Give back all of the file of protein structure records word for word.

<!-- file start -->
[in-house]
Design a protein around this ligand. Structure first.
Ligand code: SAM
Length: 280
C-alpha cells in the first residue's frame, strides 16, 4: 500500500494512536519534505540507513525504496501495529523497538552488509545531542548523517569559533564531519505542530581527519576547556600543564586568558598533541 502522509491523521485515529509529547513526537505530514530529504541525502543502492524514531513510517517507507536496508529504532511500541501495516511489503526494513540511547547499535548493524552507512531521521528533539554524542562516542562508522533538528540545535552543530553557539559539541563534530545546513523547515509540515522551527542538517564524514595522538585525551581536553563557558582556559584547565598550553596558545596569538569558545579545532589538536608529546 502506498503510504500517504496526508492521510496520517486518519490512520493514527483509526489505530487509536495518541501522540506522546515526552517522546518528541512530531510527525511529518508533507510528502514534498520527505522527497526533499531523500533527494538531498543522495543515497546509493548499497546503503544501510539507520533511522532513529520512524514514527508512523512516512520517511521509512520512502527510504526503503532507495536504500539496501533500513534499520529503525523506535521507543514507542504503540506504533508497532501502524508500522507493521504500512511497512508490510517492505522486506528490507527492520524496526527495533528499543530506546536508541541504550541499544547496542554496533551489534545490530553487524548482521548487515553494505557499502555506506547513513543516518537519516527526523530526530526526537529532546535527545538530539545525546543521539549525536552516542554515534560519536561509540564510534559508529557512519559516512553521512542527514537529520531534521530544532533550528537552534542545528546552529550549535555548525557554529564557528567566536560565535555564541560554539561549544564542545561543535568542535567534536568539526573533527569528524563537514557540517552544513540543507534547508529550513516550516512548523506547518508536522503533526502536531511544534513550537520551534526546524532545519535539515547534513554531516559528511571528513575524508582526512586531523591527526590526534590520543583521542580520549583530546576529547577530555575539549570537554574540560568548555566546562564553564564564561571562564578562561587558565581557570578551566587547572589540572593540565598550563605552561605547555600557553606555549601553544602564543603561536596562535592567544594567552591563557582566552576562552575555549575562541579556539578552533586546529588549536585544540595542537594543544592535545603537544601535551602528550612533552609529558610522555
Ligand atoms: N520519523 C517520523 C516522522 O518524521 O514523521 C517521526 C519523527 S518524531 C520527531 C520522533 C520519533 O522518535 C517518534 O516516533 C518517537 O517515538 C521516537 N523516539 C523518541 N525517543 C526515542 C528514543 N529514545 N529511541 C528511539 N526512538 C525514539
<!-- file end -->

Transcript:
[in-house]
Design a protein around this ligand. Structure first.
Ligand code: SAM
Length: 280
C-alpha cells in the first residue's frame, strides 16, 4: 500500500494512536519534505540507513525504496501495529523497538552488509545531542548523517569559533564531519505542530581527519576547556600543564586568558598533541 502522509491523521485515529509529547513526537505530514530529504541525502543502492524514531513510517517507507536496508529504532511500541501495516511489503526494513540511547547499535548493524552507512531521521528533539554524542562516542562508522533538528540545535552543530553557539559539541563534530545546513523547515509540515522551527542538517564524514595522538585525551581536553563557558582556559584547565598550553596558545596569538569558545579545532589538536608529546 502506498503510504500517504496526508492521510496520517486518519490512520493514527483509526489505530487509536495518541501522540506522546515526552517522546518528541512530531510527525511529518508533507510528502514534498520527505522527497526533499531523500533527494538531498543522495543515497546509493548499497546503503544501510539507520533511522532513529520512524514514527508512523512516512520517511521509512520512502527510504526503503532507495536504500539496501533500513534499520529503525523506535521507543514507542504503540506504533508497532501502524508500522507493521504500512511497512508490510517492505522486506528490507527492520524496526527495533528499543530506546536508541541504550541499544547496542554496533551489534545490530553487524548482521548487515553494505557499502555506506547513513543516518537519516527526523530526530526526537529532546535527545538530539545525546543521539549525536552516542554515534560519536561509540564510534559508529557512519559516512553521512542527514537529520531534521530544532533550528537552534542545528546552529550549535555548525557554529564557528567566536560565535555564541560554539561549544564542545561543535568542535567534536568539526573533527569528524563537514557540517552544513540543507534547508529550513516550516512548523506547518508536522503533526502536531511544534513550537520551534526546524532545519535539515547534513554531516559528511571528513575524508582526512586531523591527526590526534590520543583521542580520549583530546576529547577530555575539549570537554574540560568548555566546562564553564564564561571562564578562561587558565581557570578551566587547572589540572593540565598550563605552561605547555600557553606555549601553544602564543603561536596562535592567544594567552591563557582566552576562552575555549575562541579556539578552533586546529588549536585544540595542537594543544592535545603537544601535551602528550612533552609529558610522555
Ligand atoms: N520519523 C517520523 C516522522 O518524521 O514523521 C517521526 C519523527 S518524531 C520527531 C520522533 C520519533 O522518535 C517518534 O516516533 C518517537 O517515538 C521516537 N523516539 C523518541 N525517543 C526515542 C528514543 N529514545 N529511541 C528511539 N526512538 C525514539